Great art by Sudzuka… except for the Thing’s face.

Did Aaron give any credit to Xaime Hernandez? The headshot technique–characters directly facing the reader, giving frequently contradictory descriptions of the lead–seems enormously indebted to “Tear it up, Terry Downe” in Love and Rockets.

I know Aaron similarly borrowed a narrative trick from Watchmen for the first page of WATXM 13, but that was just for a single page, and it was a thematic inversion as well as a formal mimic, and it referenced a work no doubt more familiar to X-Men readers, so there was no real question of its source. This seems more like simple theft.

Beautiful art from Goran Sudžuka.

It’s frustrating that Aaron can write stuff like this that’s really poignant, as well as excellent series like The Other Side and Scalped, but his Wolverine and the X-Men stuff rarely goes beyond the wacky antics of evil children.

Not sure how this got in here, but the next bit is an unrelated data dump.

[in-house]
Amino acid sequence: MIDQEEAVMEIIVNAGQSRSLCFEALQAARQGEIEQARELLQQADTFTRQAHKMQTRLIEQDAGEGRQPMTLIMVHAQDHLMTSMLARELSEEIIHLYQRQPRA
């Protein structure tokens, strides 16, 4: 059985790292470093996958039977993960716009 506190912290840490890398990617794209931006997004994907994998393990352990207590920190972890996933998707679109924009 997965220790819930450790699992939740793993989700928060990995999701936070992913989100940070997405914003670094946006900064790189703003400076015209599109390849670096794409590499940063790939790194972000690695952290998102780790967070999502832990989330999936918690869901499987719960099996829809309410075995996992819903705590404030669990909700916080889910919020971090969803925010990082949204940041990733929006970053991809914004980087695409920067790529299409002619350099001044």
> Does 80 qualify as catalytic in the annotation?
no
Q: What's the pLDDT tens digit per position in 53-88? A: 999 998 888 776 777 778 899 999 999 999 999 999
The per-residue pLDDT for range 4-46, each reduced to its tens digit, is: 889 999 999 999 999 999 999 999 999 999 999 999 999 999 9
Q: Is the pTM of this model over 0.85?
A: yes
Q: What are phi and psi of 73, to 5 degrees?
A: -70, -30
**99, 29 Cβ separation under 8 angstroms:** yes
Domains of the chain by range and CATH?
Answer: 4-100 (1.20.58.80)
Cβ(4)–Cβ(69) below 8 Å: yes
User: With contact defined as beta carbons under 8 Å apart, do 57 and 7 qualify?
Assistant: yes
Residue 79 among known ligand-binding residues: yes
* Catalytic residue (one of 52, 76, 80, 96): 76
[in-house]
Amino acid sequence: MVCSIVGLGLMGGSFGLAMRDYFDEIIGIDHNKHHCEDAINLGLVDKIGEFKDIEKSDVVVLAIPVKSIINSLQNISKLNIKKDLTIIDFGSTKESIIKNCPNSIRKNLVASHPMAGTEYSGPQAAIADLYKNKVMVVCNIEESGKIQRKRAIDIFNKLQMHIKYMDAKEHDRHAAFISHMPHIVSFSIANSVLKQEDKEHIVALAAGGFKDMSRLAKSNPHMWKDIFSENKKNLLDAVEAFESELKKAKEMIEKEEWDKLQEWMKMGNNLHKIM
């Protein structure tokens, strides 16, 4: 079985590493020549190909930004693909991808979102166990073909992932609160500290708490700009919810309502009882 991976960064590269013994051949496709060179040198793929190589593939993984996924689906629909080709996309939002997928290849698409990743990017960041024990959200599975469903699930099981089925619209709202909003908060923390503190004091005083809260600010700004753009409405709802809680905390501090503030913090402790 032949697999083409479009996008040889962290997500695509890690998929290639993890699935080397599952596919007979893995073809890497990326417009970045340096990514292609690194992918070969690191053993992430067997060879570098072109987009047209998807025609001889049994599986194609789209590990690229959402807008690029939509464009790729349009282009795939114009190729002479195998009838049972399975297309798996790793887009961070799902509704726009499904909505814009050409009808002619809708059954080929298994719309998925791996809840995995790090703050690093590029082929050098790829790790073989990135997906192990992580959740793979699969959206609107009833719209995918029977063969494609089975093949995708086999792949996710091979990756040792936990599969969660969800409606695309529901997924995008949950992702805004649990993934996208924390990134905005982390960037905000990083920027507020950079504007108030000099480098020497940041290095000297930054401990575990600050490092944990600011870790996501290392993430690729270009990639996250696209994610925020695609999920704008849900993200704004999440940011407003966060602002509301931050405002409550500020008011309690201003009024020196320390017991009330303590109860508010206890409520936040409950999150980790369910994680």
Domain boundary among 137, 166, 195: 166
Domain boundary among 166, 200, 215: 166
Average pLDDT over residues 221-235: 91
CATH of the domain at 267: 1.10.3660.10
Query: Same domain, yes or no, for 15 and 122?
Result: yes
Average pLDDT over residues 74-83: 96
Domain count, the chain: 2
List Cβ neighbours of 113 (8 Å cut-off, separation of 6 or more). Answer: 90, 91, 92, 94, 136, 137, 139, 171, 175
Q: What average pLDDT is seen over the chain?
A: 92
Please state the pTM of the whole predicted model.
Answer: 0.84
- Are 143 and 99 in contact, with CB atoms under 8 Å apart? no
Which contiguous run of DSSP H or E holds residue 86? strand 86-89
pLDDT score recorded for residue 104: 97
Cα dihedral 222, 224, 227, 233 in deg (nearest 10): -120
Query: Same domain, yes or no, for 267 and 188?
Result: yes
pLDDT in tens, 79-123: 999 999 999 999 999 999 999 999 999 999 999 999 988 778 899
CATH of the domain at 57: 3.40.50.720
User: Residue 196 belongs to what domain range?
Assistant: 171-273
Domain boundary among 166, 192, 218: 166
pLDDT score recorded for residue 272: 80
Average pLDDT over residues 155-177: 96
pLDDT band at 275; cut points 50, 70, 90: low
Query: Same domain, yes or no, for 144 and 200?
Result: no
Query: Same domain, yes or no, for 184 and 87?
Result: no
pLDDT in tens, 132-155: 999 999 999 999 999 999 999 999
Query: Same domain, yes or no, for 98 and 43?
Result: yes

And I thought the Brady Bunch was sappy…

I don’t mind Wolverine (and love the drinking game associated with every time he tells someone how he’s the best at what he does etc, etc) but this is one of the sappiest comics I’ve seen in a LONG while.

I preferred it when Captain America didn’t think much of Wolverine though. The fact a mass murderer is in the Avengers borders on the ridiculous.

@Neil Kapit
I think Wolverine and The X-Men is designed to be pure fun. It also doubles as a young hero book. All comics can’t have the same type of tone. Although some issues in the series do get really poignant: the Warbird issue comes to mind. Which managed to happen right in the middle of the AvX crossover.

nice for loved how jason and goran dared to try and figured out what made wolverine tick. for loved the hulk saying he is a ablank plus also doctor strange saying wolverine is more scary then the devil. not to mention wolverine seeing all who care about him get all mocho and says enough lets get back to work.